Lenten Devotional: Monday, March 7

by Lisa Caine

Dianna Butler Bass has recently published a new book Grounded: Finding God in the World. During Lent she is writing a regular meditation on aspects of the book and posting it on her Facebook page.  This is a recent one.

“I did not what to leave. I wanted to stay forever, embraced by the spare holiness. I sensed a connection with the place, the strange sensation of once having been there, even though I had never entered a Quaker meeting house before . . .I [felt] like I’m home.” (Grounded, p. 135)

Acts 7:33, after Exodus 3:5

Then the Lord said to him, ‘take off the sandals from your feet, for the place where you are standing is holy ground.’

Reflection:

Have you ever been somewhere that made you feel like you were home? A place that gave you a powerful sense of connection, of mysterious presence, of knowing yourself more deeply? Some scientists now suggest that our genes carry patterns of memory that we inherit from our ancestors, and thee memories actually connect us with people and practices from long ago. We do “remember” places we have never been. In this way, the past is always with us. Perhaps some places jog deep and ancient memory, alerting us to a different reality than the one of our immediate experience. Is this one of the ways we “remember” God? Are there places that serve as the holy ground of our lives?

Prayer:

Give me a deeper sense of wonder, God, that even my genes carry memory of my ancestor – and an even more ancient memory – the spiritual memory of you as Creator. Attune me to the places where I stumble into grace; may I be able to discern holy ground. Amen.

Lenten Devotional: Monday, Feb. 22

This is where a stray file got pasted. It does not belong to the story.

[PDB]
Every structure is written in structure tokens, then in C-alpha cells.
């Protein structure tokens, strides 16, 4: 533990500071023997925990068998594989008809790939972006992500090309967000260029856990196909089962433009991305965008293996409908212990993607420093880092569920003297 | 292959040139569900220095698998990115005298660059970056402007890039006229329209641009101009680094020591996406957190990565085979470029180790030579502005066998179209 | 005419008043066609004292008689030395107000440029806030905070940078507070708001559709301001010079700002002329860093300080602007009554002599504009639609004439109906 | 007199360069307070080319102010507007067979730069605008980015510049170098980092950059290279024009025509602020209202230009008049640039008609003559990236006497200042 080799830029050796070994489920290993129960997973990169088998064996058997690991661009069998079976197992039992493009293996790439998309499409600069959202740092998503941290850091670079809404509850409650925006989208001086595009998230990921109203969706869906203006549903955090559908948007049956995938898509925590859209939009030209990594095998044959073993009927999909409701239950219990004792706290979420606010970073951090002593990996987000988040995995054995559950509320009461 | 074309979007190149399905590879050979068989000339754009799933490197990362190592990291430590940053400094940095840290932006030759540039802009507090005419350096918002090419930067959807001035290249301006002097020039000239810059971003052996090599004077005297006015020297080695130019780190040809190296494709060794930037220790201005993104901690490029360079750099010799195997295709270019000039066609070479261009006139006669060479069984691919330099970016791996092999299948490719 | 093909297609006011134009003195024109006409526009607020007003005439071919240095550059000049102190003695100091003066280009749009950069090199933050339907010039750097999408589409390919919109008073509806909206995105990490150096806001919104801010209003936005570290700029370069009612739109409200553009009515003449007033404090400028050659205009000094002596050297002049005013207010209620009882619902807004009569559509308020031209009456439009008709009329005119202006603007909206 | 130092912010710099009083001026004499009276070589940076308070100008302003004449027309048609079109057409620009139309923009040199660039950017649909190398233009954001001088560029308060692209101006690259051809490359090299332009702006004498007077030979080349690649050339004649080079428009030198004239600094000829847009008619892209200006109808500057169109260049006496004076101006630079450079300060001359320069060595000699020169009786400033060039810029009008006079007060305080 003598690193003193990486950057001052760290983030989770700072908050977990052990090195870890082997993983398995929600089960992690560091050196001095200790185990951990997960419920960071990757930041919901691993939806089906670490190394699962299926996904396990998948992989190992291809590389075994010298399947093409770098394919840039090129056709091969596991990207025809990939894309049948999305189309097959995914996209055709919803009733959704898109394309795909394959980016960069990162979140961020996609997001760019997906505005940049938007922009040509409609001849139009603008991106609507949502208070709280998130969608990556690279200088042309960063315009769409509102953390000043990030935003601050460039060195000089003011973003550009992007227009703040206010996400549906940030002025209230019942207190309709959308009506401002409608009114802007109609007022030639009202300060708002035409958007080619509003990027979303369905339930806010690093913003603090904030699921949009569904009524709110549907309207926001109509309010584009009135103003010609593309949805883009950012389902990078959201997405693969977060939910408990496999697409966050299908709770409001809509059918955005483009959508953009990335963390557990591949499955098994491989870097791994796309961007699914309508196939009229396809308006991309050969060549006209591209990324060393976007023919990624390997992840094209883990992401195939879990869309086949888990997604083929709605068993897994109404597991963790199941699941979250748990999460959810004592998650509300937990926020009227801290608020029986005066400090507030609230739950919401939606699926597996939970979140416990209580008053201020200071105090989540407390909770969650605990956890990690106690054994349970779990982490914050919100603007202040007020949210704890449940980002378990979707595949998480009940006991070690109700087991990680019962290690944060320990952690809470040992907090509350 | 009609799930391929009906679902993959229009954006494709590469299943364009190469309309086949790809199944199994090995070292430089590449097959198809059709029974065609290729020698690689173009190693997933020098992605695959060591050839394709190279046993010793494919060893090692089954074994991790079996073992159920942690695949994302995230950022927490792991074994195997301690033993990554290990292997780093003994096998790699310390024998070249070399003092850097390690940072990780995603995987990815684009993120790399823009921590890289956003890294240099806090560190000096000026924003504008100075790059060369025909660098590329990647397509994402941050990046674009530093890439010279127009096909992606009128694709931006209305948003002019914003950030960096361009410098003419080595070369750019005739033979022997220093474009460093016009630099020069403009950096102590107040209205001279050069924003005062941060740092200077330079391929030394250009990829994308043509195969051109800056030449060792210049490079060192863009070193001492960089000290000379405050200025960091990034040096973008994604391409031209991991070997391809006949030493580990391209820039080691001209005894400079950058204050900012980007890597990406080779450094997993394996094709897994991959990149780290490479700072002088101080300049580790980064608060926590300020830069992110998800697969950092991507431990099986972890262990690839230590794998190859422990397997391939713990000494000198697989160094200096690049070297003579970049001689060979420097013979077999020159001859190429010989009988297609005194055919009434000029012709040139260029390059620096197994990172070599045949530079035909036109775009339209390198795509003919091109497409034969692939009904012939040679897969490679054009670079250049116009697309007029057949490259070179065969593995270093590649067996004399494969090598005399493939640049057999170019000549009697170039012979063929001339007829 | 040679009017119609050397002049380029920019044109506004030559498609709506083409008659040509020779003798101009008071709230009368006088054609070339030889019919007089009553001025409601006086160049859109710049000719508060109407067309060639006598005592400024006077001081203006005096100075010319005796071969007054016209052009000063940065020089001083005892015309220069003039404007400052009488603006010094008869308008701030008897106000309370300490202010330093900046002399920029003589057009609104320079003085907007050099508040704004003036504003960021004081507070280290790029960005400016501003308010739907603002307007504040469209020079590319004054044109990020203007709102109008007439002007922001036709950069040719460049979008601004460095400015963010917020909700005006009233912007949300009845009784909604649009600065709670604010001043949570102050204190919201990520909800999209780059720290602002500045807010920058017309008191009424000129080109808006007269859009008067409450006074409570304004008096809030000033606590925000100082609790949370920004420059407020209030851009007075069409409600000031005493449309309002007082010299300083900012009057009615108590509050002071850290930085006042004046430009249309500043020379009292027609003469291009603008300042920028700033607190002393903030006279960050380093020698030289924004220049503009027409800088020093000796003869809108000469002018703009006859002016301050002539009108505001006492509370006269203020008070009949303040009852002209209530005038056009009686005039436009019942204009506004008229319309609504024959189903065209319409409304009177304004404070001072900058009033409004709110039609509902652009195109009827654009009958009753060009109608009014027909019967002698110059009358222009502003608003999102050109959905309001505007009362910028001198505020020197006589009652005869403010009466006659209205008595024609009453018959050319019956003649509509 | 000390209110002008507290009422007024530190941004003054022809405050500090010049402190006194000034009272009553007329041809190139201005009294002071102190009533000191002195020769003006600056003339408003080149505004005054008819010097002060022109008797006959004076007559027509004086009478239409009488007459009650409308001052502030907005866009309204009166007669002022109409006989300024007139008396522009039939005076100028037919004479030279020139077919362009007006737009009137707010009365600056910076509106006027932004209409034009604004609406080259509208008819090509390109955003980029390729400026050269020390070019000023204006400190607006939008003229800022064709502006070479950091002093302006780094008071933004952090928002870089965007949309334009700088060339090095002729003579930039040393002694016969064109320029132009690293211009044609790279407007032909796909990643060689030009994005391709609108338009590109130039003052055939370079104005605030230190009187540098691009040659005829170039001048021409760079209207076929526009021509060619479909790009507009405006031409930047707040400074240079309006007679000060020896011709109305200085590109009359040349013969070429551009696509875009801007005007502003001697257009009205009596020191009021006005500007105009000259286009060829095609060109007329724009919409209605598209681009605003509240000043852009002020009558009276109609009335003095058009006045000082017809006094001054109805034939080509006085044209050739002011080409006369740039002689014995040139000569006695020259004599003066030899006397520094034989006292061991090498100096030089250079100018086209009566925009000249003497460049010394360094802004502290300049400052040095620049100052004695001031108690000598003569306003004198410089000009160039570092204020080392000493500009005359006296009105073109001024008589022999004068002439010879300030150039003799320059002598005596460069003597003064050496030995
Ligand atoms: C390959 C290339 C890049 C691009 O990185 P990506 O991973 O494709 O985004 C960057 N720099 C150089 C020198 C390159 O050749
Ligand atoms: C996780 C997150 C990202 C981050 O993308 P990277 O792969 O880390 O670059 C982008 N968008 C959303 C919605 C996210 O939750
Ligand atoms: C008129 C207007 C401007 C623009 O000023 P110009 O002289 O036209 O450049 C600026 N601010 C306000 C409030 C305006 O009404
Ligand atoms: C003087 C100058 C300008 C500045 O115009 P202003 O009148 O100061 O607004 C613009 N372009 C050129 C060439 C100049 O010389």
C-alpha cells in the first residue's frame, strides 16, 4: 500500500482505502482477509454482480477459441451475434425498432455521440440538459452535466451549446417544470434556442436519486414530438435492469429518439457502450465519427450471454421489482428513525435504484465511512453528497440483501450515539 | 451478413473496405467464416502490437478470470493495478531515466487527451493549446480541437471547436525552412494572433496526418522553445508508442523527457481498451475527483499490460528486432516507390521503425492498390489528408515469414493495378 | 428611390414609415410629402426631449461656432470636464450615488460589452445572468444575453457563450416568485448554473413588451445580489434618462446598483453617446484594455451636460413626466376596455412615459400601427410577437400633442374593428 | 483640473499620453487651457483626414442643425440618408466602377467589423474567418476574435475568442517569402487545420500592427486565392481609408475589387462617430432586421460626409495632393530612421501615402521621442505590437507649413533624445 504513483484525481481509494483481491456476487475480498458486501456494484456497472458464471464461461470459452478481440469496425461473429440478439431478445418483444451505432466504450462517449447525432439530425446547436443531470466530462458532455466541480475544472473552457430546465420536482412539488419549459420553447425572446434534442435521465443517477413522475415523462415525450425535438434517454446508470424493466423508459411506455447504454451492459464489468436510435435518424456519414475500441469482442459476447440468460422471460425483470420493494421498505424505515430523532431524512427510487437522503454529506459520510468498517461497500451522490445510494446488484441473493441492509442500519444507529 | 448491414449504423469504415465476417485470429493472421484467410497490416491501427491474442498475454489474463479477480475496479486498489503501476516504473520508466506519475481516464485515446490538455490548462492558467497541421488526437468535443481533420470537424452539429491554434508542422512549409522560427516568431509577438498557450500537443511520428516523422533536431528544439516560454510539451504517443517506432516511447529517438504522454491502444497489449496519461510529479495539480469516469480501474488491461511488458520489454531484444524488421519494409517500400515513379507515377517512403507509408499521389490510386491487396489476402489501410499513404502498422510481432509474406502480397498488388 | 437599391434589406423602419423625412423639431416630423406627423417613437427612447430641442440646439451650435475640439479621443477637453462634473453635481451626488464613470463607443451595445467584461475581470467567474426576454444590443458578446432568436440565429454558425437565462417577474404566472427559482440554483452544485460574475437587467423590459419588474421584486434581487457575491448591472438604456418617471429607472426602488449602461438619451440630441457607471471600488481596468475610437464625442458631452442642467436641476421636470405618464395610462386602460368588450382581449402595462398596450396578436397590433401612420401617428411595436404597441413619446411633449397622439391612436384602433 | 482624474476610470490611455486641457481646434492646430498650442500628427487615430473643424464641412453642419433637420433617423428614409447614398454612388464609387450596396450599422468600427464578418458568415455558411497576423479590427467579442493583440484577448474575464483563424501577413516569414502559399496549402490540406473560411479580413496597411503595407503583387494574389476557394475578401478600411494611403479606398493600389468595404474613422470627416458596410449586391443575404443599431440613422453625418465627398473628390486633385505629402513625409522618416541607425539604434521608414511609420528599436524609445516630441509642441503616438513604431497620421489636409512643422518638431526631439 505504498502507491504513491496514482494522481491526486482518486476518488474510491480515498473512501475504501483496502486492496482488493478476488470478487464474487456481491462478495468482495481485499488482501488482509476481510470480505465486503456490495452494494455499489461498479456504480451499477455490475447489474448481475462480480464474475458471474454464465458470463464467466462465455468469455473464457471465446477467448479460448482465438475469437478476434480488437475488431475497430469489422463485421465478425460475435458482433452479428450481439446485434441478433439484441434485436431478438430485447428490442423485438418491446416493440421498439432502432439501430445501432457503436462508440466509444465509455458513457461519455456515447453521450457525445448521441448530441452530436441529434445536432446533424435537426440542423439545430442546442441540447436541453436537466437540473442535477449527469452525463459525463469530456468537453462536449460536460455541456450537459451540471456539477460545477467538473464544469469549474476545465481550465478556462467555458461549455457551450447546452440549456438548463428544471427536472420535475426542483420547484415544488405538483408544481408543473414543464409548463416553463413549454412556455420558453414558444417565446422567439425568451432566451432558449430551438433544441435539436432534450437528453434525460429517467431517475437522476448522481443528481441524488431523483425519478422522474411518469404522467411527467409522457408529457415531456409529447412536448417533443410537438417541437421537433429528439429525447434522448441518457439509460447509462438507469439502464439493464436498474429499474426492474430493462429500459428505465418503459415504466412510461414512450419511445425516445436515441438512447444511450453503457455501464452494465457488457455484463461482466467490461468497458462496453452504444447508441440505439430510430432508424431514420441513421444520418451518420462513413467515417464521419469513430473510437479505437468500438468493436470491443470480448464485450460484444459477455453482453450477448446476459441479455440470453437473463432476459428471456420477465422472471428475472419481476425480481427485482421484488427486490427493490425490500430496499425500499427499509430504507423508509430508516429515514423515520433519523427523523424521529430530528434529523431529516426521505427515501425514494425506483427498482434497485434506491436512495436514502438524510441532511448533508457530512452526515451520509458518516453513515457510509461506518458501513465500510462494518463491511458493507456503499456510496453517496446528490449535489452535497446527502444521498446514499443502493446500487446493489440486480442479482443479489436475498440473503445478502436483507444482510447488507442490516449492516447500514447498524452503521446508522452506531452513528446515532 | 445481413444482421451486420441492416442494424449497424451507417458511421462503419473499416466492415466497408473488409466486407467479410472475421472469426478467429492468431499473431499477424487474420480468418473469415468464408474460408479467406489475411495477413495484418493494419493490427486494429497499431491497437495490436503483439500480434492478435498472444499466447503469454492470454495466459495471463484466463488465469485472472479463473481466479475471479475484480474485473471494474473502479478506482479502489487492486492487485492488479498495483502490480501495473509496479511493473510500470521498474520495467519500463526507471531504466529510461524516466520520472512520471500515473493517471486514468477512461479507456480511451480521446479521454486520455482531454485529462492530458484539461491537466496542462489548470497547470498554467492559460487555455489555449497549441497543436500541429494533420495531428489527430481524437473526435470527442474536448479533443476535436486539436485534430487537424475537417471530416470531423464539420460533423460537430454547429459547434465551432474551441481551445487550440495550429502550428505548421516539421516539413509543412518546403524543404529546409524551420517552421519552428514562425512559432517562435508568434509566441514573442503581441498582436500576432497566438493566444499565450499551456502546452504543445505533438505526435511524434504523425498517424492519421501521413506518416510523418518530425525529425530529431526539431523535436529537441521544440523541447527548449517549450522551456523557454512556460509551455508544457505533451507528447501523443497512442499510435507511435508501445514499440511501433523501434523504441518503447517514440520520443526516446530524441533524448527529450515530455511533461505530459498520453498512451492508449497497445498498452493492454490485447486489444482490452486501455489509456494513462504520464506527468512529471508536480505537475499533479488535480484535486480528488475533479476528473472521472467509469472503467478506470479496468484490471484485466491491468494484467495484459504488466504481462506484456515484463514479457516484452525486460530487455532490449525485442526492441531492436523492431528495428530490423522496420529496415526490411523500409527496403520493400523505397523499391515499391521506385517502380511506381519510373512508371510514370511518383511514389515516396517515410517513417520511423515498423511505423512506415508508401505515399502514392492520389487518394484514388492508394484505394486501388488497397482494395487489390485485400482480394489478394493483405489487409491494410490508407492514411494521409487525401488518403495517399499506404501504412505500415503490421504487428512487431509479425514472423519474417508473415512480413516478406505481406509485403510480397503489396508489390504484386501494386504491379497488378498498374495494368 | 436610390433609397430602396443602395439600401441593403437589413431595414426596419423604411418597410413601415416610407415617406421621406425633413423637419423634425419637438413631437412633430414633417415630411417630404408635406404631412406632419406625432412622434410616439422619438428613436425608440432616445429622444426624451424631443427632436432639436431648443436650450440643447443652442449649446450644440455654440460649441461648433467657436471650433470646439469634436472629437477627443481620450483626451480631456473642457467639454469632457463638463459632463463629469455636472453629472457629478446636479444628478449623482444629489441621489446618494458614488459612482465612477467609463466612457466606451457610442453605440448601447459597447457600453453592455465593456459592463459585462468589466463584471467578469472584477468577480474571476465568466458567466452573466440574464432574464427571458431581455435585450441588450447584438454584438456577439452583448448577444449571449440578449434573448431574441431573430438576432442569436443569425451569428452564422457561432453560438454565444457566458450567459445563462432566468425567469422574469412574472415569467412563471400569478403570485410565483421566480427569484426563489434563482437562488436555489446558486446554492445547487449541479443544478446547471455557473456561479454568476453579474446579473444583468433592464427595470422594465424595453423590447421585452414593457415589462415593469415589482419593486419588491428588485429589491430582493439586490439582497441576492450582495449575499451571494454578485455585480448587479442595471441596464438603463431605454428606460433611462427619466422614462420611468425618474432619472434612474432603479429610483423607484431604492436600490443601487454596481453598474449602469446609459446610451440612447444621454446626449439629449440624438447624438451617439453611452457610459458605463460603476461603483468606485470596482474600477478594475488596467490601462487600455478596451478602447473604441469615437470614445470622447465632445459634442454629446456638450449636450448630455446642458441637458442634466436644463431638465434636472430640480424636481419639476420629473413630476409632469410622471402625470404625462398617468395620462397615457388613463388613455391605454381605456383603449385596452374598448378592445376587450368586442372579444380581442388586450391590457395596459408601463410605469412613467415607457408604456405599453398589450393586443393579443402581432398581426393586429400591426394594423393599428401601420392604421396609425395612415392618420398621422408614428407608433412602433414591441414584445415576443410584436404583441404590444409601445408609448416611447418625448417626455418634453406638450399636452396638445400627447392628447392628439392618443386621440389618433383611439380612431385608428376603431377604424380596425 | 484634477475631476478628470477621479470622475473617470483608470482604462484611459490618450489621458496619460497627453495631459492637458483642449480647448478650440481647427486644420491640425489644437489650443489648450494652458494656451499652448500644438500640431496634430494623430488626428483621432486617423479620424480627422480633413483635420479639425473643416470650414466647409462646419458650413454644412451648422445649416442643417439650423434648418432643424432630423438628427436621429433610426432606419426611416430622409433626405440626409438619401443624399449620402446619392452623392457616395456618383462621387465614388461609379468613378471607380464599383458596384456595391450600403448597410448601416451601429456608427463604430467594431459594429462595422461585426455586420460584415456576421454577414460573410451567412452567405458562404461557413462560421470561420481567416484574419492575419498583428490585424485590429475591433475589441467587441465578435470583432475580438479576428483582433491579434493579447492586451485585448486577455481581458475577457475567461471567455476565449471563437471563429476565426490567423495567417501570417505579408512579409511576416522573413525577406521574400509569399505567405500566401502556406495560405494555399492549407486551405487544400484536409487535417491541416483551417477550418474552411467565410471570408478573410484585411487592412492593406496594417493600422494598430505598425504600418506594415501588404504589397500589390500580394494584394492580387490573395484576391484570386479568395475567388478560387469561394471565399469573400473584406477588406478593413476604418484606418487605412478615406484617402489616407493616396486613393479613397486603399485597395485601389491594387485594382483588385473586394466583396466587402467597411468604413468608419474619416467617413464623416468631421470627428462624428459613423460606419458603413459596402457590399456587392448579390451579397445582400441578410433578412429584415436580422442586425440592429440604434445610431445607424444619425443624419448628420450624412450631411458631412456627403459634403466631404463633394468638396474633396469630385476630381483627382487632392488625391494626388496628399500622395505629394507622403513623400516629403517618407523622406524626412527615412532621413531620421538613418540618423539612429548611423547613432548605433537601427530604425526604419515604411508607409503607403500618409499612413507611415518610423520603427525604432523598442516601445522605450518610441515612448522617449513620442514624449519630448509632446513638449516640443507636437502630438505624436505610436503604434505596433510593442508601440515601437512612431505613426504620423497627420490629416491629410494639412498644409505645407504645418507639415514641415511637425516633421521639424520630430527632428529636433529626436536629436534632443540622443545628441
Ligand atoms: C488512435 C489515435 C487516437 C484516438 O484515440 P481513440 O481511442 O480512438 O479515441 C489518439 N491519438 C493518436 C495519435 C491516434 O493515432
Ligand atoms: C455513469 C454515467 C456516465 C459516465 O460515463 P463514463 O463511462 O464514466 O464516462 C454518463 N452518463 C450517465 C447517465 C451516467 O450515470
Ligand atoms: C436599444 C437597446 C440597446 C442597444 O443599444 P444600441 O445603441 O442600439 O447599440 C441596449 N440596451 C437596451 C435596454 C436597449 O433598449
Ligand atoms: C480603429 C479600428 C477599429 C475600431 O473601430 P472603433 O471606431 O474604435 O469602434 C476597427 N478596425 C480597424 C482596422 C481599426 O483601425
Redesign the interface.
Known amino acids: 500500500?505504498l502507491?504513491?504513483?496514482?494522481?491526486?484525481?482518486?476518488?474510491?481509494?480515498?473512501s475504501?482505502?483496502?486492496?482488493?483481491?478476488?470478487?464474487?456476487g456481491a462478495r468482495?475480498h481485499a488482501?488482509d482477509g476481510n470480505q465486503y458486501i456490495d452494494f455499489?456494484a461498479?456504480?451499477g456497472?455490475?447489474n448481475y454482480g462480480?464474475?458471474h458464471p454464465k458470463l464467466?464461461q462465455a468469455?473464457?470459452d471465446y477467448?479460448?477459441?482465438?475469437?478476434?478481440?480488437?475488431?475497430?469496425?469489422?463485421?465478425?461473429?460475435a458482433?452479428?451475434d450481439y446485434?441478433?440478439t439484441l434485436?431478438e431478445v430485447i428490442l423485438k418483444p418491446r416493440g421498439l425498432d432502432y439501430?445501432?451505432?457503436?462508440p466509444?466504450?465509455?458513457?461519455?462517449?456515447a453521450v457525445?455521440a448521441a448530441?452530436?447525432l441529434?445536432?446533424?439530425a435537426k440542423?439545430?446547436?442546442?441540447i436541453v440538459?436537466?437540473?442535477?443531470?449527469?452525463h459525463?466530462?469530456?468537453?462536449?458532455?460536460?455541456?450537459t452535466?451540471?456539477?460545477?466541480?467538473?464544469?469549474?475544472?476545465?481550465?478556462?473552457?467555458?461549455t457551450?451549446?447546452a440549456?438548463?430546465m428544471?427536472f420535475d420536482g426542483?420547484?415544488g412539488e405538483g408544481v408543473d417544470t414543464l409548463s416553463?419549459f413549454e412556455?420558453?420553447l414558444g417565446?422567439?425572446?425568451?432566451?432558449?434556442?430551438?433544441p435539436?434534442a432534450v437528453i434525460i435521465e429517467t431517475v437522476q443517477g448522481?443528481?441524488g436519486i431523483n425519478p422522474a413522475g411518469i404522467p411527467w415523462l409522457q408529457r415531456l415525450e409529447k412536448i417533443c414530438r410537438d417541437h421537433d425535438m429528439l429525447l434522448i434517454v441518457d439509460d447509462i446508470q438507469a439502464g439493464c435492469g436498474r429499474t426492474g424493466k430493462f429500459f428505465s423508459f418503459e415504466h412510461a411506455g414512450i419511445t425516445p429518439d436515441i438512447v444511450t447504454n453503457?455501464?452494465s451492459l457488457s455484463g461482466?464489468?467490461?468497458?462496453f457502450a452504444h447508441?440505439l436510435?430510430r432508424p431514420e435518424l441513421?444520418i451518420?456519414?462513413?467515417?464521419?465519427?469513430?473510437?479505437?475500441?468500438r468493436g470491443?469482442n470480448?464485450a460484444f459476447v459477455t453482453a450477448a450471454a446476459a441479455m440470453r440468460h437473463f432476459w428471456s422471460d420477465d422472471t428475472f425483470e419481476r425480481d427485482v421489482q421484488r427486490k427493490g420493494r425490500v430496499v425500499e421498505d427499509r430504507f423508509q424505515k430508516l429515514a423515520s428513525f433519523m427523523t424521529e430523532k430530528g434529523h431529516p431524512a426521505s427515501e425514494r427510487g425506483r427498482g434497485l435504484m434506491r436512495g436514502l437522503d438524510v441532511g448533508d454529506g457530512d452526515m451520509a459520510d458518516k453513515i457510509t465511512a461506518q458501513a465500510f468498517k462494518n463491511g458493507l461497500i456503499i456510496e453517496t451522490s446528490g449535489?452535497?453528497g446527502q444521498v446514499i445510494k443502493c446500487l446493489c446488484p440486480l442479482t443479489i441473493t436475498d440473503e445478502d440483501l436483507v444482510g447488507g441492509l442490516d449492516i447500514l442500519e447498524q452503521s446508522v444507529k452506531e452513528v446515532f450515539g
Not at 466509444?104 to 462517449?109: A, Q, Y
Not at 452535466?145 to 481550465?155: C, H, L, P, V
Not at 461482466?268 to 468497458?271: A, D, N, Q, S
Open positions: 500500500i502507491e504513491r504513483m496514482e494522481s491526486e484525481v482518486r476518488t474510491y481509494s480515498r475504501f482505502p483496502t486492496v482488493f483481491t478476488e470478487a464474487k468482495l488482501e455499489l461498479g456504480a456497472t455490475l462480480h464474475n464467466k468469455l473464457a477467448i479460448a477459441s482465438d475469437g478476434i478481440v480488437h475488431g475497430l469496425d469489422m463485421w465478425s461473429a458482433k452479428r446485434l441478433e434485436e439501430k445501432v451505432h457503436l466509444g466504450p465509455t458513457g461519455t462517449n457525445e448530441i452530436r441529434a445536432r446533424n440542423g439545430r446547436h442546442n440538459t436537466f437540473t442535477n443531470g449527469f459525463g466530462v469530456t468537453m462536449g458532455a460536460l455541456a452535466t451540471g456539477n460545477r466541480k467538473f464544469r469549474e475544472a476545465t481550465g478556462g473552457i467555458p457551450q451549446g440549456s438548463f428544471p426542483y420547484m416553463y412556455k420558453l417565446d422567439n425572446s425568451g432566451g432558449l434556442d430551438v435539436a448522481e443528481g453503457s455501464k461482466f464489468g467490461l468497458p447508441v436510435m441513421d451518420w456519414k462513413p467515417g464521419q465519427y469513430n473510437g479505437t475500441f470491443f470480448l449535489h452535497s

by Katie Calkin

Acts 17:28
In God we live, move and exist.

I have thought about this verse many times since last summer’s VBS – with “yeah, yeah, yeah, yeah” from the song tacked on, of course.  It’s just a few simple words, but what a change in perspective they can create.  In one of Richard Rohr’s recent email meditations, he asked readers to consider the places where we constrict – where our thoughts or actions are rooted in scarcity, pettiness, fear, despair.  My mindfulness practice this Lent is to notice when I’m constricting (yikes, it’s often), and do something tangible to expand – to remember that in God I live, move and exist.  For example, when I was swimming yesterday my mind wanted to put a conversation in which I felt wronged on a replay loop.  The small self sure loves to fan the flames of righteous indignation.  Over and over I turned my attention away from that story and followed my long, steady exhales.  Eventually my thoughts began to wander in a more expansive way.  I remembered that person’s thoughtlessness no doubt came out of her own suffering, that I could choose to let go of my inflamed reaction, and that next time I saw her I could smile, soften my heart, and make space for God to live, move and exist between us.

Prayer: Loving God, Thank you for each breath that I take.  Help me to breathe and live expansively.  When the world says that I should worry, fear and despair, help me to live generously, move with kindness and exist in the flow of your endless love.

2015 VBS Service, Sermon

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“I’ve Got the G-Force Movin’ in Me”
July 19, 2015

The “VBS Navigators” took over for the choir at Oconee Street UMC’s July 19, 2015 service, singing songs they learned during Vacation Bible School.